Best Lunch Places in Reykjavik

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Icelandic bar storefront
Cafe Loki outside view

Possible downside:

Dishes are served family style, which I appreciate, but not everyone does. 

Old Iceland Restaurant

What to expect:

A cozy family-run restaurant. This may be my favorite of every place we ate lunch in Reykjavik. It has a quaint, non-touristic feel when eating there.

What makes it stand out:

Fantastic service and unexpectedly beautiful food.

Order the mushroom soup.

Possible downside:

It has a tiny dining room, so you may not get in without a reservation.

Old Iceland Restaurant- Cod dish
mushroom soup -Old Iceland Restaurant

Bæjarins Beztu Pylsur

What to expect:

A walk-up kiosk where you will be served the most popular fast food in Iceland, a pylsur. The hot dogs are made from lamb, pork, and beef. 

They are served with raw onion, crispy fried onions, ketchup, remoulade, and a sweet mustard called pylsusinnep.

There are seven locations in Reykjavik, but the original is near the Harpa Concert Hall. 

What makes it stand out:

This is an iconic location to taste a pylsur in Iceland. You will have bragging rights to say you ate lunch at the same spot as Bill Clinton or Kim Kardashian.

Possible downside:

Hot dogs are not the healthiest lunch choice.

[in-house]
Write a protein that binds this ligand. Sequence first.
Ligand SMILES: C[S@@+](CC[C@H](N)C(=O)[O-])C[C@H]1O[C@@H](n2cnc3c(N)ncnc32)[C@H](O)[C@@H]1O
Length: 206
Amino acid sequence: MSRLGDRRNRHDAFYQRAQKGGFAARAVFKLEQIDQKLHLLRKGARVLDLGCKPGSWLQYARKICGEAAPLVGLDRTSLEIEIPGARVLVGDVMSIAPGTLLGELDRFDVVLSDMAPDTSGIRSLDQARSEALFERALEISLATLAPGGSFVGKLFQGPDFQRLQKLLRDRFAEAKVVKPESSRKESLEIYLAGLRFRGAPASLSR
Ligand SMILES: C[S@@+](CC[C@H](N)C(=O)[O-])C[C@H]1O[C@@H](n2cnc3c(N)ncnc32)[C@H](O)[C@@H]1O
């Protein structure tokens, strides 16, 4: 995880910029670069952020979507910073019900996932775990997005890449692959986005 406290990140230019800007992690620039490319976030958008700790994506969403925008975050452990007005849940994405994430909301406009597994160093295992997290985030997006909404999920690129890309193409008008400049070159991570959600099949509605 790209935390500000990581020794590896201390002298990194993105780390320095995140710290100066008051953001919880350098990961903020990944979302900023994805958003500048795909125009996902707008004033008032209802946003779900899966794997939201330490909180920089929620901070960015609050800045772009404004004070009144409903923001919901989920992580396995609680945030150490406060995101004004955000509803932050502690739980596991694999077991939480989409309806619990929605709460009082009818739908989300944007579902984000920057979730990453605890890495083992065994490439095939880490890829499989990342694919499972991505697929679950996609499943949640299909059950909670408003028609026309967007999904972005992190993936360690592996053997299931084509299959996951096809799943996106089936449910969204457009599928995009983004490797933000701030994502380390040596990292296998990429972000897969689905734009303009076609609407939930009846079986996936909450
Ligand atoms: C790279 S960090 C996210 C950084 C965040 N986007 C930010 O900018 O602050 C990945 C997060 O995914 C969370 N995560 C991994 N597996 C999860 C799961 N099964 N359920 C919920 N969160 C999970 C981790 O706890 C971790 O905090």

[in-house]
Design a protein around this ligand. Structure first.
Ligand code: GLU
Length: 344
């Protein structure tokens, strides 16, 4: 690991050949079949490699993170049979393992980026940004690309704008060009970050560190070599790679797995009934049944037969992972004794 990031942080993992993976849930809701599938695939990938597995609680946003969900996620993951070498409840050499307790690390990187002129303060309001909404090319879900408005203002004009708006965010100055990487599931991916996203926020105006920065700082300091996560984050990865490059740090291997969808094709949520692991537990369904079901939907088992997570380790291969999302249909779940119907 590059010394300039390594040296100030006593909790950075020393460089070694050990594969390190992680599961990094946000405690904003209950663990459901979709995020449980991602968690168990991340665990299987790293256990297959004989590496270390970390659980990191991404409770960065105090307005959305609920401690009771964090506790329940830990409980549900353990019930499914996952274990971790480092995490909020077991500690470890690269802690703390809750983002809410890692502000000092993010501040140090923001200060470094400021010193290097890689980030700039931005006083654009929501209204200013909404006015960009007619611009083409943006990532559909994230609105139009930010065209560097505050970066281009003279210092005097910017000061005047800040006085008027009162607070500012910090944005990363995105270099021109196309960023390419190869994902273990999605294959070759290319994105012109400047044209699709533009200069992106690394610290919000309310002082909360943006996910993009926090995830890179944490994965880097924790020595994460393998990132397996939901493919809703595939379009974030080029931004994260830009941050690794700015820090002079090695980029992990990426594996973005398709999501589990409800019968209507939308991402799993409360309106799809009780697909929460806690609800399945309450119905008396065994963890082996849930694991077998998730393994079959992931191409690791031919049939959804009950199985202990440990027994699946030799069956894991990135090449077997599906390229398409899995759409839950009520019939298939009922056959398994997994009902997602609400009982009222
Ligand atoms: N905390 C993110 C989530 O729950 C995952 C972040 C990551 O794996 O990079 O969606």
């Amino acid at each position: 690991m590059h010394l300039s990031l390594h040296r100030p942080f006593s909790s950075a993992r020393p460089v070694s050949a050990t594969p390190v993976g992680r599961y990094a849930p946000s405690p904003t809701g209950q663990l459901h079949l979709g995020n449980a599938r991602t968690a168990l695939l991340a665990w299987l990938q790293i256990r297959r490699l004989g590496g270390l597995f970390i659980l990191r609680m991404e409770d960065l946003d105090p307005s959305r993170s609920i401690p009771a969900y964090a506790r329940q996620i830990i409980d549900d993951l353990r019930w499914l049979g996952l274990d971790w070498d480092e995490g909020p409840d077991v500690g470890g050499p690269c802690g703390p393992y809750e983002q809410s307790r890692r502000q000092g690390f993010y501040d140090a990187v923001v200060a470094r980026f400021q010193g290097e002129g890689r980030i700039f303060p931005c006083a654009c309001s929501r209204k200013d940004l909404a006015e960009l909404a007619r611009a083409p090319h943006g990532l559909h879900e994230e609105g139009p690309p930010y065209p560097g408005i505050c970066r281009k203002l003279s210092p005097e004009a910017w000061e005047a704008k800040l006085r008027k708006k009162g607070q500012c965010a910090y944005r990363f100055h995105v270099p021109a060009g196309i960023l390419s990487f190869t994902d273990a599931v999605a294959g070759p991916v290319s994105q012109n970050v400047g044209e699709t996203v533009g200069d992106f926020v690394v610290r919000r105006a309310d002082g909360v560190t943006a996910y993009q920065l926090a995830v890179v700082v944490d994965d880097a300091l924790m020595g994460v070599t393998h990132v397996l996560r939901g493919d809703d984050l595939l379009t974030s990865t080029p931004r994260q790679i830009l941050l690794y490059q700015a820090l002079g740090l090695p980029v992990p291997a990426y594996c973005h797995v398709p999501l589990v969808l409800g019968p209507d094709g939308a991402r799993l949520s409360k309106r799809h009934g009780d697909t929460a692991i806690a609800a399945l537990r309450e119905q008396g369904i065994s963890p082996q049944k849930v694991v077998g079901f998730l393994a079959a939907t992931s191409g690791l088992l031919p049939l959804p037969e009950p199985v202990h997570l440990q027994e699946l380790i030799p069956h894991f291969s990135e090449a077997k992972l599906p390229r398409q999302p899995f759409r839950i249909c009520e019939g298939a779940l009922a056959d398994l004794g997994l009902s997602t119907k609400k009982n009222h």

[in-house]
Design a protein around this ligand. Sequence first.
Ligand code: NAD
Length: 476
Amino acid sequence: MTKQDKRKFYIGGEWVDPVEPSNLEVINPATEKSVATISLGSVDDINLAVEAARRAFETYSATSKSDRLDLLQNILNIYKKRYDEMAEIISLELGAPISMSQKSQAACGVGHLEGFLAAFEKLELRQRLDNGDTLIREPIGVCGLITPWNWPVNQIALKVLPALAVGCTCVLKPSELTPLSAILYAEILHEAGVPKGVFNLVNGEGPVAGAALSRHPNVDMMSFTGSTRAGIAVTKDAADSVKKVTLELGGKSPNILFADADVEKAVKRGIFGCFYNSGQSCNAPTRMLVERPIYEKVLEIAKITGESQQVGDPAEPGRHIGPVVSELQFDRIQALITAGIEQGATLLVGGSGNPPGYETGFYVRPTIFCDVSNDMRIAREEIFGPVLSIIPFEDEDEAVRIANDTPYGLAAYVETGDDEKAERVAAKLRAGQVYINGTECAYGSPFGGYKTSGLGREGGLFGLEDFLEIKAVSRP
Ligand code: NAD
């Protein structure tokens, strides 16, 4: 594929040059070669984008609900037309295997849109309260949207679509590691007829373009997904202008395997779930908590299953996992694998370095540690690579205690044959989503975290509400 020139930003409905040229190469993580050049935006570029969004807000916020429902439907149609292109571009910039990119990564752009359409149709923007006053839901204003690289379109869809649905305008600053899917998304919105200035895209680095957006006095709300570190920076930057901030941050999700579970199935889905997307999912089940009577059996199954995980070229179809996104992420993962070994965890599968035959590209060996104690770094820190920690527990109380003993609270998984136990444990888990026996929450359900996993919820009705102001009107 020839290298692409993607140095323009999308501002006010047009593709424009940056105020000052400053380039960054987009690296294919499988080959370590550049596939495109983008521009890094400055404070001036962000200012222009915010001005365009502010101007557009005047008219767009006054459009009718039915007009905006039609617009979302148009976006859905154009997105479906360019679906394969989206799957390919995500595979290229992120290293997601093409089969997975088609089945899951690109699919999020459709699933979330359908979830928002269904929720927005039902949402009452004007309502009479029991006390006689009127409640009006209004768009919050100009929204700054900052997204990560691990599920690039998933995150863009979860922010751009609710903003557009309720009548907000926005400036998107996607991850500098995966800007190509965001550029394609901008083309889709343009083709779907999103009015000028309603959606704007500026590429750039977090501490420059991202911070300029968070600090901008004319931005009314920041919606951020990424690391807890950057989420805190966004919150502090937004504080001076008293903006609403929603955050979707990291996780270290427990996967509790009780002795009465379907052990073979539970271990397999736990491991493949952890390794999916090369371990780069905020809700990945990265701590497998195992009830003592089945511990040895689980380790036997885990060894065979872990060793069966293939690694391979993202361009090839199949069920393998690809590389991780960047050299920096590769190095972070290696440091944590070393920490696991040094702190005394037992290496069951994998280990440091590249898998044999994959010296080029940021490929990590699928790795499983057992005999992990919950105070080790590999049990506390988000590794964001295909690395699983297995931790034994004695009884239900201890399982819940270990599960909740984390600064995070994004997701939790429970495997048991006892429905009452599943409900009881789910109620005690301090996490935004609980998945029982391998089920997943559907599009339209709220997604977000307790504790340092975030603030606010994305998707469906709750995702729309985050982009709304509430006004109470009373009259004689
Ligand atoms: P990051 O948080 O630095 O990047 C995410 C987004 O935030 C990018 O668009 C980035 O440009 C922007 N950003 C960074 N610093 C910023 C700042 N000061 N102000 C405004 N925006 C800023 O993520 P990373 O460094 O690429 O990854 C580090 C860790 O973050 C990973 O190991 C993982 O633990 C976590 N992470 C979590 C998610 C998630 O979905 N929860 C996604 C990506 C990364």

Baejarins Betzu Pylsur stand near Harpa Concert Hall

The Sea Baron – SÆGREIFINN

The Sea Baron is the perfect place to soak in the atmosphere of the fishing culture in Iceland. 

Stop in while you are waiting for your puffin tour to depart. 

What to expect:

A rustic harbor restaurant serving steaming hot soup, crusty bread, and fish kabobs. Wash it all down with a draft Gull.

What makes it stand out:

Famous lobster soup is amazing. You can sit outside by the harbor when the weather lets you.

Possible downside:

Communal seating indoors adds charm but might not be your thing.

Gull Beer , lobster soup, and fish kebob at Sea Baron

GrillMarket– Grillmæðurinn 

Okay, so technically not a lunch spot but depending on where you are traveling from, some people eat lunch more toward the evening. After a full day of exploring, dine at 6pm and call it a late lunch.

What to expect:

A cool vibe and creative food and cocktails. Main proteins focused on Icelandic foods. This is the lunch place in Reykjavik when you want to dress up a little. GrillMarket is the place to go to early if you head out later for dancing and drinking. 

What makes it stand out:

A fun tasting menu experience.

Possible downside:

This option is the most costly one on this list. Eating here may be out of your Iceland travel budget. 

The tasting menu was served rather quickly. At least it was for us, but it may not always be the case. If you like to linger between courses, you’ll be disappointed. 

Dessert Board at Grill Market

Dessert Board at Grill Market

Fish & Chips Restaurant

There are many places to eat fish and chips on Ring Rd. or when touring the waterfalls and beaches. When in town, we tried this place right in downtown Reykjavik on Frakkastigur. It was excellent.

What to expect:

No frills, casual and comfortable atmosphere. You are there for the fried fish and chips. 

What makes it stand out:

The fish is so fresh it melts in your mouth.

Possible downside:

Limited menu. 

fish and chips lunch in Reykjavik

Sandholt Bakery

What to expect:

Amazing pastries, salads, sandwiches, and soups. You’ll find homemade chocolate candies with original flavors, such as blueberry licorice. They have takeaway items for a nice picnic and packaged items to bring home as souvenirs from Iceland

What makes it stand out:

Everything is made fresh from scratch and tastes as good as it looks.